[This is a multi-part story. If you’d like to read it in order, follow this list. Thanks!
Naturally, the shark would be attracted to the area as the blood leaking from Ando’s wound spread through the water. At least he was already dead, or so Liana hoped. Ray had flung that knife accurately.
“Monster,” she whispered as the murderer leered at her, the white bones painted on his shaved skull gleaming in the sun.
“No one can save you now,” he said. “The commander won’t know what happened out here.”
Drastic action was called for, but Liana hesitated in throwing herself overboard as she’d planned. There were more sharks circling where Ando had gone down. Some were headed this way. It was one thing to imagine death by shark, but quite another to confront the reality.
Ray lunged across the boat at her as she prayed for guidance, and she instinctively put up her hands. But she couldn’t fight him off; he was like a wall of rock. She grabbed onto his ear, pulled hard, and something came off in her hand. He cursed and jumped back.
Liana scrambled around him to the other side of the boat, hoping to find another knife. Ray stalked after her, holding out his hands to show her his bloody fingers. “You will pay,” he snarled.
Desperate, she picked up a small wooden box and threw it at him. He laughed and caught it with one hand, but something bumped the boat and he lost his balance, slipping over to the side. The boat rocked again, much more violently, and Liana held on tightly while Ray kept sliding further and ended up overboard.
“Help me!” he yelled at her. “Throw me the rope. You’ll never survive out here by yourself.”
Liana looked over and saw a rope coiled around an anchor. She didn’t want to be responsible for the pirate’s death, but she knew he had intended to kill her after he used her. As she thought about what to do, a great shark surfaced, flaunting its power. A few seconds later Ray screamed. Then a swirl of red bubbled around him and he was beyond help.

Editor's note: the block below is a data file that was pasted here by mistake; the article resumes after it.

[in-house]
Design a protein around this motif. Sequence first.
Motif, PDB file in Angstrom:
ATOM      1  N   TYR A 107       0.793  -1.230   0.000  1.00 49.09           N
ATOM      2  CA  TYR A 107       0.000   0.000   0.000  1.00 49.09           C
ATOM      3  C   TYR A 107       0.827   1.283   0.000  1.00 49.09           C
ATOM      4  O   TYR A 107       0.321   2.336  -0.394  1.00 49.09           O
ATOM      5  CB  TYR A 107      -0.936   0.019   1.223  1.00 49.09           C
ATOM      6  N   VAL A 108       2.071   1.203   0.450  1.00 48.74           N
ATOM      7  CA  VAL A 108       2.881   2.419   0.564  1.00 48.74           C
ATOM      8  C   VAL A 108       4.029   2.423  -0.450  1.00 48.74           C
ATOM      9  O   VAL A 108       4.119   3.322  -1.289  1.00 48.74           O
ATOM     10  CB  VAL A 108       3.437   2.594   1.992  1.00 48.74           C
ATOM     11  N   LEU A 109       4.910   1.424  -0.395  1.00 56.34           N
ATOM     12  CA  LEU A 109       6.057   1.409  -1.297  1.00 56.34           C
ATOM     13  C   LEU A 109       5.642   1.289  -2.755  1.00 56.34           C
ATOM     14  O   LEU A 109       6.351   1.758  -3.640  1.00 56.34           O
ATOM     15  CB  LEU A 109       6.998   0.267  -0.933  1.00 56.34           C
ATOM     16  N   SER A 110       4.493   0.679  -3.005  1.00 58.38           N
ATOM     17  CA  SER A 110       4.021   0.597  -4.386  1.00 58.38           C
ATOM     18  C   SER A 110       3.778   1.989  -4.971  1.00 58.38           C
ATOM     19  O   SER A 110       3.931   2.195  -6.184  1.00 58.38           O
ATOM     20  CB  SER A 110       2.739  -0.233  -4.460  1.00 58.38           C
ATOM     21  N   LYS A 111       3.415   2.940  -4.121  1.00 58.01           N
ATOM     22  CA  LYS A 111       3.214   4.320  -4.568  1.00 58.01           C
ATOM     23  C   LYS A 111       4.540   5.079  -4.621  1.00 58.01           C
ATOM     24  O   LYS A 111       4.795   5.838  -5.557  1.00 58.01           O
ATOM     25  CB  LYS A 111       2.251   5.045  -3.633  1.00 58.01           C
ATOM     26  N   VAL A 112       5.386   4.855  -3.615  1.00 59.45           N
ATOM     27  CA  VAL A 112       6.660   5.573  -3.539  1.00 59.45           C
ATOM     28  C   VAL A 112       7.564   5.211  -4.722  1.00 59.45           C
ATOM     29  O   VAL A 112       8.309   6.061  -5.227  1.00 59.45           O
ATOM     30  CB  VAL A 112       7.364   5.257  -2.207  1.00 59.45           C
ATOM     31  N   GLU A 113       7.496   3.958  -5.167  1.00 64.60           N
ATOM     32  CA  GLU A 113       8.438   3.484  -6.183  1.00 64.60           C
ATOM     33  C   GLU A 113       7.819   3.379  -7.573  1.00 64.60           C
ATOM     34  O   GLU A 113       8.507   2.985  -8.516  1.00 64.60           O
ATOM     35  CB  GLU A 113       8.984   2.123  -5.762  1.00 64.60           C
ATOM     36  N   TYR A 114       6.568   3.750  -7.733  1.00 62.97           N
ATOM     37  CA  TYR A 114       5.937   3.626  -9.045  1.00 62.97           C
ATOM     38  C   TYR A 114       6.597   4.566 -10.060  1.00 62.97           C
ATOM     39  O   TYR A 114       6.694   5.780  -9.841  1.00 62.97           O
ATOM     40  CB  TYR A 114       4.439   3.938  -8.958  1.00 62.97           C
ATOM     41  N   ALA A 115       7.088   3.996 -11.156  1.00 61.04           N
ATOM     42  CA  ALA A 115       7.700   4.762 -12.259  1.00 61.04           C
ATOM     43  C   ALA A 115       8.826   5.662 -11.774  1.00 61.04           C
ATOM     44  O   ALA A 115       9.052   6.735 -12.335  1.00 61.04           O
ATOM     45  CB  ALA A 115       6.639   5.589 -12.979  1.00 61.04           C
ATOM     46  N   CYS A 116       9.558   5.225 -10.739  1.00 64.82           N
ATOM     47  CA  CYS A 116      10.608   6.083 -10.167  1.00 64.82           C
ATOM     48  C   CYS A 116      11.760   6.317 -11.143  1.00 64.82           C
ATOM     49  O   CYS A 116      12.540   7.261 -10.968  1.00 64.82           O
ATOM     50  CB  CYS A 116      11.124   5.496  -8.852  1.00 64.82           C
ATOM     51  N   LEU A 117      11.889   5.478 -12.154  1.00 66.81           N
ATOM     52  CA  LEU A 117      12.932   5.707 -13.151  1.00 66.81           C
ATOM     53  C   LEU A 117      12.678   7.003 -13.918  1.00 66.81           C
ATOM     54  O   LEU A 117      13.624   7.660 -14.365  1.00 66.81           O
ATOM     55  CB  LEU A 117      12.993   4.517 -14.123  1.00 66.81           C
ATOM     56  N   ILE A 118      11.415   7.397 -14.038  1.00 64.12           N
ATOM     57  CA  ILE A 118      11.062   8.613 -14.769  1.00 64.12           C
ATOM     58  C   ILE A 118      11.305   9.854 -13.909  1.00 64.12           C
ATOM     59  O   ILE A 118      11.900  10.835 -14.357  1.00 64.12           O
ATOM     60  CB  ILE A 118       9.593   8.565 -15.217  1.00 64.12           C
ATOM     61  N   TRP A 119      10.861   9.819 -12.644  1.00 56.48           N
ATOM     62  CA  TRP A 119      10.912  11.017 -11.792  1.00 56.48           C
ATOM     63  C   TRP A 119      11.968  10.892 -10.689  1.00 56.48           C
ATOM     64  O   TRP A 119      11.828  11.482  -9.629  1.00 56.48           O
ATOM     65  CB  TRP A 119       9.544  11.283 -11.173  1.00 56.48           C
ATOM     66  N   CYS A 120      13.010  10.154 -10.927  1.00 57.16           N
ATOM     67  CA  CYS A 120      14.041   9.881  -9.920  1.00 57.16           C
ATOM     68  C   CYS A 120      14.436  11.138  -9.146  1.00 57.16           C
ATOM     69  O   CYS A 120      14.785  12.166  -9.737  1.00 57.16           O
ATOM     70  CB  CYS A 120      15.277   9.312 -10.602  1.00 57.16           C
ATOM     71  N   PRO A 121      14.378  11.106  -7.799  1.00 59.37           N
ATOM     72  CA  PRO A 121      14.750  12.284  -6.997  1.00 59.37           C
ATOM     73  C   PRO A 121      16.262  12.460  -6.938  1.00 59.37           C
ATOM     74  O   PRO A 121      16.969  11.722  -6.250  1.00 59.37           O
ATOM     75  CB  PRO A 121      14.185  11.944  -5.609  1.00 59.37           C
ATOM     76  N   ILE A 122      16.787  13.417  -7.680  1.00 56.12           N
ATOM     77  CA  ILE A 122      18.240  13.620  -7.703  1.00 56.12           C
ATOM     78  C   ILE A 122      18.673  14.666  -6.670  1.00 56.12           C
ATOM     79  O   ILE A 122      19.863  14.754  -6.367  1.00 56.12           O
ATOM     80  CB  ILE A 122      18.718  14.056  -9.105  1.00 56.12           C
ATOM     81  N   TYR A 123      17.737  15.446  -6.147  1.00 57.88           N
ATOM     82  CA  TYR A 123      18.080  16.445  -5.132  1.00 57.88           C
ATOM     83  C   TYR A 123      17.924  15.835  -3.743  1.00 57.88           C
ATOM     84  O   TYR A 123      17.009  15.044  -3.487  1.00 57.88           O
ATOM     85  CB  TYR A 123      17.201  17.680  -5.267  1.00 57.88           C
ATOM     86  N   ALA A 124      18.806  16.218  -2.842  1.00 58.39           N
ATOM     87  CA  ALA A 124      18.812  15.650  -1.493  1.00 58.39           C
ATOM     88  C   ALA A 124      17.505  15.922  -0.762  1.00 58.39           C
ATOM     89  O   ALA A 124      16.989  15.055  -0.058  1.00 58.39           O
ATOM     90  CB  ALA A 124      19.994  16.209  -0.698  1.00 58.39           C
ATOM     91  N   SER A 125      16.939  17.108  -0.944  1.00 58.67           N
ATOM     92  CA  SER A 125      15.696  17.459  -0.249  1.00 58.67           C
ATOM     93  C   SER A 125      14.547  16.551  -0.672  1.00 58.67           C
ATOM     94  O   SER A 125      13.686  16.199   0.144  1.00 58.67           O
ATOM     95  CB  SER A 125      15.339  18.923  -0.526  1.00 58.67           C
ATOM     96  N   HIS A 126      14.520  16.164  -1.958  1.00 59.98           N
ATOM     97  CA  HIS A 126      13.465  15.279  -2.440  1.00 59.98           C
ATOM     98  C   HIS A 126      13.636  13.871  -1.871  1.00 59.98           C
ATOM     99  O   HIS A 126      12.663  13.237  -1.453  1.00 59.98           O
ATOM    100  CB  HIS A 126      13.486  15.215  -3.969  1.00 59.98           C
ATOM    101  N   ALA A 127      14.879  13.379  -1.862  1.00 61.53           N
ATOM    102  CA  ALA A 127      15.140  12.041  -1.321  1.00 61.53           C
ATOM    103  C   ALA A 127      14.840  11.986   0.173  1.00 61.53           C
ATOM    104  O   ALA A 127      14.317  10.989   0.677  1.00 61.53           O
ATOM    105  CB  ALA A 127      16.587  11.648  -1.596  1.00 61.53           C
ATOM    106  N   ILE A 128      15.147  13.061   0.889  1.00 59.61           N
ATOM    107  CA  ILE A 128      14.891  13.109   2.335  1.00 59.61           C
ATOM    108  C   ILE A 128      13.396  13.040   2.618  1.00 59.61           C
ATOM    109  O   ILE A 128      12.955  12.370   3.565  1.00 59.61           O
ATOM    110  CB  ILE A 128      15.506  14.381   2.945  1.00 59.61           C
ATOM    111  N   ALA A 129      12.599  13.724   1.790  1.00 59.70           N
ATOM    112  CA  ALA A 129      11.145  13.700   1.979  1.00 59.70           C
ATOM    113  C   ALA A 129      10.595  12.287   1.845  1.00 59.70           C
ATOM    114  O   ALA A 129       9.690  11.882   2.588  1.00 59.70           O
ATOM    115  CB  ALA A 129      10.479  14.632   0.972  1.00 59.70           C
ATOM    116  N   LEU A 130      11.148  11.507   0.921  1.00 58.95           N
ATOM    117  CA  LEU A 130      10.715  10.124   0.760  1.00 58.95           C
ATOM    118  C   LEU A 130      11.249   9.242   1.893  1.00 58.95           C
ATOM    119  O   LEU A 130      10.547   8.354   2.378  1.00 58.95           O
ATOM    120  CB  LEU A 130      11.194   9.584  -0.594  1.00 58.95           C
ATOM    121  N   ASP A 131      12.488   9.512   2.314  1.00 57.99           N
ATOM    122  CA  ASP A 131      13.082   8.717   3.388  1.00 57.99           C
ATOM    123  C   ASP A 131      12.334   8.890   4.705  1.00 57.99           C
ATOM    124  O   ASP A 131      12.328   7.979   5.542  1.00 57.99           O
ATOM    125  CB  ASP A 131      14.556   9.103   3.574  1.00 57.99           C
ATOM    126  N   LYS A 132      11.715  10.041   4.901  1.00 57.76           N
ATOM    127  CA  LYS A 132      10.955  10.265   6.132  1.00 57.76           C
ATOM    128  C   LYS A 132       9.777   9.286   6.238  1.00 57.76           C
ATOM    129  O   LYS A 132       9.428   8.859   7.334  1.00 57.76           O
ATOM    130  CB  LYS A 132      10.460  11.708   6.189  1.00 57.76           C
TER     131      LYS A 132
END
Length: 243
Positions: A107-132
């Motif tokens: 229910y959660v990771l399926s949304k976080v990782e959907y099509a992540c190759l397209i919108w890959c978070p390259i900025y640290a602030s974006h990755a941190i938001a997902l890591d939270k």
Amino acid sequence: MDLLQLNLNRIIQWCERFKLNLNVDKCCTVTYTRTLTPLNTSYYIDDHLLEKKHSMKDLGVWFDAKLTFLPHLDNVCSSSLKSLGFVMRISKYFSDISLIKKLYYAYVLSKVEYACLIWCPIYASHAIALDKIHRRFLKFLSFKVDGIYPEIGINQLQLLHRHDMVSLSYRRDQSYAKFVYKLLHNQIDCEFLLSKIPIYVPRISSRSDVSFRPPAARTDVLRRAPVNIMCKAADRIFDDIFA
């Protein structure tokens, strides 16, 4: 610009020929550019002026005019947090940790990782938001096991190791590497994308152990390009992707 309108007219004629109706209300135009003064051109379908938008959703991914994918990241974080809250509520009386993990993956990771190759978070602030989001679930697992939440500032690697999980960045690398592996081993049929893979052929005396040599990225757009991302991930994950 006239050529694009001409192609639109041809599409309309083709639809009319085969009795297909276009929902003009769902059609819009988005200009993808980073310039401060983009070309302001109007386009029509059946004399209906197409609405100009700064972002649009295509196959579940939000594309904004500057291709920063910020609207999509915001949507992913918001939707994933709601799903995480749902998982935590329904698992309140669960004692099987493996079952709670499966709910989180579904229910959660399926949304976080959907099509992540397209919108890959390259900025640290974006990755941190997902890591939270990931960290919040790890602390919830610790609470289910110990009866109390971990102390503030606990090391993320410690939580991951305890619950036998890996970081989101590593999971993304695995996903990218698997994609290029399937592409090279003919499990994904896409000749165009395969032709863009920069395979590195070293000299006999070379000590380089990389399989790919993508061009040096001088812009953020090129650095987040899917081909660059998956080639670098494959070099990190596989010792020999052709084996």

Shrieking, Liana locked gazes with Ray while his dulled and blanked out. The shark’s maw opened again, like the pit of Hell, and Ray was gone. A small circle of red decorated the calm azure sea, belying the horror show beneath, and then it too faded as the boat drifted west.
The afternoon darkened to night, and Liana sat frozen, unable to make a sound or attempt to steer the boat. She resigned herself to a death at sea: her punishment for abandoning her loved ones to the volcano. She accepted this lonely cold ending, nature’s justice, and hoped she would be reunited with her family in Paradise.
But morning came and she still floated along intact while the sky turned apricot. Her skin was shivering and dry, flecked with salt. Her eyes burned from lack of sleep. Her mind was numb with terror. The boat bumped up upon a sand bar. Liana sat there unmoving.
When the sun was past midday, another boat appeared. It was the commander, his face still painted with red and black claws. “What happened here?” he barked. “Where are my men? Get out!”
Liana sluggishly obeyed him, her limbs shaking from lack of sustenance. She gazed down at the sand at her feet.
“What’s in your hand?” he said.
Liana realized her fist had been closed all this time. Slowly, she opened her cramped fingers.
“Ray’s shark tooth,” he said. He crossed his arms and glared at her. “You killed him. He would not have abandoned his boat. Ando is dead too, I presume? Perhaps not a gift from the gods, but instead a sea witch!”
She didn’t have the energy to explain, so she simply nodded. Black dots appeared in her vision and oh there was her bed on the sand now–how did it get here? No matter. It was soft and warm, and Liana collapsed to sleep.
When she awoke, she lay on a cool marble floor. Voices. Smells. Food smells. She was terribly hungry. And so very very thirsty. The thirst compelled her to sit up and see if there was water nearby.
“Bring her,” said a female voice.
[to be continued]
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